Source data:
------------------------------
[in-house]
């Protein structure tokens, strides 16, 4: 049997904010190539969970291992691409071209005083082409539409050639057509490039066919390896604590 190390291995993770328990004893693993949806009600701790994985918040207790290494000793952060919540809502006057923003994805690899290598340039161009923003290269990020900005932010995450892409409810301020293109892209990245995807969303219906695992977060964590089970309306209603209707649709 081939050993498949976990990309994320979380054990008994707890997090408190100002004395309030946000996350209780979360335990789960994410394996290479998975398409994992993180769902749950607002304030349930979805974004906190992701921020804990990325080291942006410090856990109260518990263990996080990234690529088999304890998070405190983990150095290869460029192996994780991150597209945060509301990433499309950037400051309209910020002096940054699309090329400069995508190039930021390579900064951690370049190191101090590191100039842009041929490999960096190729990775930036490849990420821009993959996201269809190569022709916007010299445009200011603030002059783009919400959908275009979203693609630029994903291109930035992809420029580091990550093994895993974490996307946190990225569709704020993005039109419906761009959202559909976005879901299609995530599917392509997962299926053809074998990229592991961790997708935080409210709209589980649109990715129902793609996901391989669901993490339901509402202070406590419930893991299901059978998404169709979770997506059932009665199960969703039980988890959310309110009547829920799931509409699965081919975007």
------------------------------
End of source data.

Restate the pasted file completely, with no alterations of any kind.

[in-house]
């Protein structure tokens, strides 16, 4: 049997904010190539969970291992691409071209005083082409539409050639057509490039066919390896604590 190390291995993770328990004893693993949806009600701790994985918040207790290494000793952060919540809502006057923003994805690899290598340039161009923003290269990020900005932010995450892409409810301020293109892209990245995807969303219906695992977060964590089970309306209603209707649709 081939050993498949976990990309994320979380054990008994707890997090408190100002004395309030946000996350209780979360335990789960994410394996290479998975398409994992993180769902749950607002304030349930979805974004906190992701921020804990990325080291942006410090856990109260518990263990996080990234690529088999304890998070405190983990150095290869460029192996994780991150597209945060509301990433499309950037400051309209910020002096940054699309090329400069995508190039930021390579900064951690370049190191101090590191100039842009041929490999960096190729990775930036490849990420821009993959996201269809190569022709916007010299445009200011603030002059783009919400959908275009979203693609630029994903291109930035992809420029580091990550093994895993974490996307946190990225569709704020993005039109419906761009959202559909976005879901299609995530599917392509997962299926053809074998990229592991961790997708935080409210709209589980649109990715129902793609996901391989669901993490339901509402202070406590419930893991299901059978998404169709979770997506059932009665199960969703039980988890959310309110009547829920799931509409699965081919975007």